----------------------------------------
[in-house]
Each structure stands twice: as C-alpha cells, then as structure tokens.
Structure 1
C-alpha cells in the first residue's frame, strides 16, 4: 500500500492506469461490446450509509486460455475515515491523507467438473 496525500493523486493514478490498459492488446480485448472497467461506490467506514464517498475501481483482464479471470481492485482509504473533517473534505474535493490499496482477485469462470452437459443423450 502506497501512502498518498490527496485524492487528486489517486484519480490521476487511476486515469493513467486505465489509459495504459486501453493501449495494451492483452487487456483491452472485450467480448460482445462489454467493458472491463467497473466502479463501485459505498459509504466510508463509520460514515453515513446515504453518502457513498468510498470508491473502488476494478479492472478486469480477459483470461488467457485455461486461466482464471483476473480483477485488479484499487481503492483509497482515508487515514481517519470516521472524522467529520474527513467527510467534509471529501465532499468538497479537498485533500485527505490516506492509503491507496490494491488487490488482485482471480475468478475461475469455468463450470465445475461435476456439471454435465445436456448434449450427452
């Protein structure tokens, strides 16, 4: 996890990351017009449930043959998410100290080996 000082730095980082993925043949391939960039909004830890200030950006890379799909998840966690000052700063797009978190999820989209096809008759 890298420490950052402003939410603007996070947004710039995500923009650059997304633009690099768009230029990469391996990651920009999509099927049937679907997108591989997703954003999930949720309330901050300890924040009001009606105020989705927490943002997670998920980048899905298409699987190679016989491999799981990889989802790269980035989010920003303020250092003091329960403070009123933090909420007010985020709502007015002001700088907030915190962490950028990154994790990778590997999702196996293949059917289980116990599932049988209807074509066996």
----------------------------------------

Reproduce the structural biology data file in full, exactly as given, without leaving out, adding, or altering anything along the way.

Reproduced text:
[in-house]
Each structure stands twice: as C-alpha cells, then as structure tokens.
Structure 1
C-alpha cells in the first residue's frame, strides 16, 4: 500500500492506469461490446450509509486460455475515515491523507467438473 496525500493523486493514478490498459492488446480485448472497467461506490467506514464517498475501481483482464479471470481492485482509504473533517473534505474535493490499496482477485469462470452437459443423450 502506497501512502498518498490527496485524492487528486489517486484519480490521476487511476486515469493513467486505465489509459495504459486501453493501449495494451492483452487487456483491452472485450467480448460482445462489454467493458472491463467497473466502479463501485459505498459509504466510508463509520460514515453515513446515504453518502457513498468510498470508491473502488476494478479492472478486469480477459483470461488467457485455461486461466482464471483476473480483477485488479484499487481503492483509497482515508487515514481517519470516521472524522467529520474527513467527510467534509471529501465532499468538497479537498485533500485527505490516506492509503491507496490494491488487490488482485482471480475468478475461475469455468463450470465445475461435476456439471454435465445436456448434449450427452
């Protein structure tokens, strides 16, 4: 996890990351017009449930043959998410100290080996 000082730095980082993925043949391939960039909004830890200030950006890379799909998840966690000052700063797009978190999820989209096809008759 890298420490950052402003939410603007996070947004710039995500923009650059997304633009690099768009230029990469391996990651920009999509099927049937679907997108591989997703954003999930949720309330901050300890924040009001009606105020989705927490943002997670998920980048899905298409699987190679016989491999799981990889989802790269980035989010920003303020250092003091329960403070009123933090909420007010985020709502007015002001700088907030915190962490950028990154994790990778590997999702196996293949059917289980116990599932049988209807074509066996």